Use this URL to cite or link to this record in EThOS: http://ethos.bl.uk/OrderDetails.do?uin=uk.bl.ethos.675026
Title: The post-athletic identity : literary and cultural representations of U.S. spectator sport
Author: Sandison, Simon Robert
ISNI:       0000 0004 5370 4589
Awarding Body: University of Leeds
Current Institution: University of Leeds
Date of Award: 2015
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Abstract:
Previous scholarship concerning the representations of spectator sport in US literature has tended to focus on its tropic representations of exceptional masculinity. In this dissertation I instead propose that this literature is predominantly preoccupied with the physical and emotional decline of athletes after their involvement in sport has ceased. My original contribution to knowledge lies in this exploration of a post-athletic identity commonly characterised by painful nostalgia, disenfranchisement, and bodily deterioration. In the national imagination, US sports are regularly held up as the epitome of popular culture; since the nineteenth century they have been increasingly seen to present and represent a hegemonic, patriarchal and exceptionalist model of the United States. While populist dialogues regularly endorse these appearances, work by American authors and artists – including Jonathan Franzen, Bernard Malamud, Don DeLillo, David Hammons, F.X. Toole and Jenifer Levin – about and featuring athletes upsets these conservative conventions. This iconoclastic challenge is particularly prevalent after 1950, the period during which the majority of texts in this study are written, as spectator sport and the embodied labour of athletes is commodified by promoters, league administrators, and team owners. I identify a series of designations that representations of spectator sport commonly assign to it, including authenticity, nostalgia, form, and risk. I then explore how the covalent literary and cultural representations adopt and rephrase these in a manner that diverts attention from the athletic spectacle and onto the athletes and their development of a post-athletic identity. The speculative definitions given to these terms by the jurisdictive frameworks that uphold contemporary spectator sport are capitalised on by authors who underline the incongruously incomplete experience of their athletes. Finally, I argue that, by removing athletes from models of conventional athleticism, gender and, to a lesser extent, celebrity offer a means of completing this ongoing project of disruption.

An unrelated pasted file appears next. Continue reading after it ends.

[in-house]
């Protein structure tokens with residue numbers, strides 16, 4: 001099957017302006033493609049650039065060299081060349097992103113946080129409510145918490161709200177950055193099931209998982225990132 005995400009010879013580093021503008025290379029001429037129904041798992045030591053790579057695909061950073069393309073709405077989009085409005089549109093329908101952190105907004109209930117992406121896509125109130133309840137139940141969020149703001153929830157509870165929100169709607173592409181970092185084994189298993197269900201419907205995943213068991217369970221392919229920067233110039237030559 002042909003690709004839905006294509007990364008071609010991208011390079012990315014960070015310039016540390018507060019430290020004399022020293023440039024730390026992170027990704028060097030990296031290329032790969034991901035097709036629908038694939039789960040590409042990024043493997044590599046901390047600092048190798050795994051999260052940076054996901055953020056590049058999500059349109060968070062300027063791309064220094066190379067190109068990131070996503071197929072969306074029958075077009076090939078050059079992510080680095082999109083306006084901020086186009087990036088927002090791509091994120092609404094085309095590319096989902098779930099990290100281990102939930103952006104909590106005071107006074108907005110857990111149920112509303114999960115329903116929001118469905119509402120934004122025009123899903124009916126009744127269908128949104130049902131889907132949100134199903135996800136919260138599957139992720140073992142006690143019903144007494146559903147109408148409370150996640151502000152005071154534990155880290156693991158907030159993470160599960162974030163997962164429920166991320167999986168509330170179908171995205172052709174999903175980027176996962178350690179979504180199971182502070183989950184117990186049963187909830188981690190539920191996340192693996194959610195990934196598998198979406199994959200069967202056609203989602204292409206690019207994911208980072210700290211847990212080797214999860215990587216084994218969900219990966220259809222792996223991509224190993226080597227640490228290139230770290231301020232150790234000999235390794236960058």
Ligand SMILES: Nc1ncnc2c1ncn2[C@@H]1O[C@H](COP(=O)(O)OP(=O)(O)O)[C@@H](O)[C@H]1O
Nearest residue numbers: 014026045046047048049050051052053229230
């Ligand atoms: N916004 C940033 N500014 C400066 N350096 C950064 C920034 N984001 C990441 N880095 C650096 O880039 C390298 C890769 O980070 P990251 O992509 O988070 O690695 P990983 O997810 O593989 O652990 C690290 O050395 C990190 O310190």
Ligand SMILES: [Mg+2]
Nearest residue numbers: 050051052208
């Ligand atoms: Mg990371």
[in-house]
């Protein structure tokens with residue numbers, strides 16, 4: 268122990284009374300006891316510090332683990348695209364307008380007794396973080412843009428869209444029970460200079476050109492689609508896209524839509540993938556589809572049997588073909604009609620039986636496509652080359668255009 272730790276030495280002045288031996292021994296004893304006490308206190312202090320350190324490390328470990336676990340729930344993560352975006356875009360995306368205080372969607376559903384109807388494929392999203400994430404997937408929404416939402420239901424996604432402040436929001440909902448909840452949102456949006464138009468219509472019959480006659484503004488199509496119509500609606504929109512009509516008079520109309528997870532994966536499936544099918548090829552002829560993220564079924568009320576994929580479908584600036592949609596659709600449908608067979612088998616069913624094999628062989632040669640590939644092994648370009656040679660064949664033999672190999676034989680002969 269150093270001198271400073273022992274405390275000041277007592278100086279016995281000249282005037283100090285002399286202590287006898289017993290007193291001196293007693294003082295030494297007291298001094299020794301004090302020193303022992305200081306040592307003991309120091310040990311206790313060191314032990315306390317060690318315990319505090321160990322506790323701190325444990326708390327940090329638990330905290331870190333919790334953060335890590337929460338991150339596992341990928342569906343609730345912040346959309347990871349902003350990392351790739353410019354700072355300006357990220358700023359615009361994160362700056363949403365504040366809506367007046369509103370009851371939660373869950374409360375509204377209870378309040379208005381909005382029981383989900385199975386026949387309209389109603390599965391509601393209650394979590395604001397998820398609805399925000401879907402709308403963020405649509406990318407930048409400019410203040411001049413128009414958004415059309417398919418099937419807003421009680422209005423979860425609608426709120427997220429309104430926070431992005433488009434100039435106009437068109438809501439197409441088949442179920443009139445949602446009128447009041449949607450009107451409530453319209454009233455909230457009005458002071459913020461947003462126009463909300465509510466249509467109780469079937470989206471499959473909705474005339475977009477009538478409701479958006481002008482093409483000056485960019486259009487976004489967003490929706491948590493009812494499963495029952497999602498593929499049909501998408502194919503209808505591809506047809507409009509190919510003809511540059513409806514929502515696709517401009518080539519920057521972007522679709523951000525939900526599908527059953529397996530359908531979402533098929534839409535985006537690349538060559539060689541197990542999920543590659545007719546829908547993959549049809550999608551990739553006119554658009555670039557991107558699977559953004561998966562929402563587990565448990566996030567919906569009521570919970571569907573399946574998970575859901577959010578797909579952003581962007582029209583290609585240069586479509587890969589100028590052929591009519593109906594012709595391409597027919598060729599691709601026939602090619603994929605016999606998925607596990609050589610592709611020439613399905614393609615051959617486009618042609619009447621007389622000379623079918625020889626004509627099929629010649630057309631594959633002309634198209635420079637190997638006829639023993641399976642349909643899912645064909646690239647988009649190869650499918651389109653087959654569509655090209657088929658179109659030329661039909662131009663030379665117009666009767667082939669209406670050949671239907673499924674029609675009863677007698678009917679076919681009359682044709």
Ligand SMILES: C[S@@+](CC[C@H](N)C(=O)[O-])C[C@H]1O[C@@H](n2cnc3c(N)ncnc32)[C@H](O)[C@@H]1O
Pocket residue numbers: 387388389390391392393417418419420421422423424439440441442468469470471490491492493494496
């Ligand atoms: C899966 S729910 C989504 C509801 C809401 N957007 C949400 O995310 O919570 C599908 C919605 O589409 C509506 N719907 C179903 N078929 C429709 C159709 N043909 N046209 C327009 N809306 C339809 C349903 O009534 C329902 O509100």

Supervisor: Warnes, Andrew Sponsor: Not available
Qualification Name: Thesis (Ph.D.) Qualification Level: Doctoral
EThOS ID: uk.bl.ethos.675026  DOI: Not available
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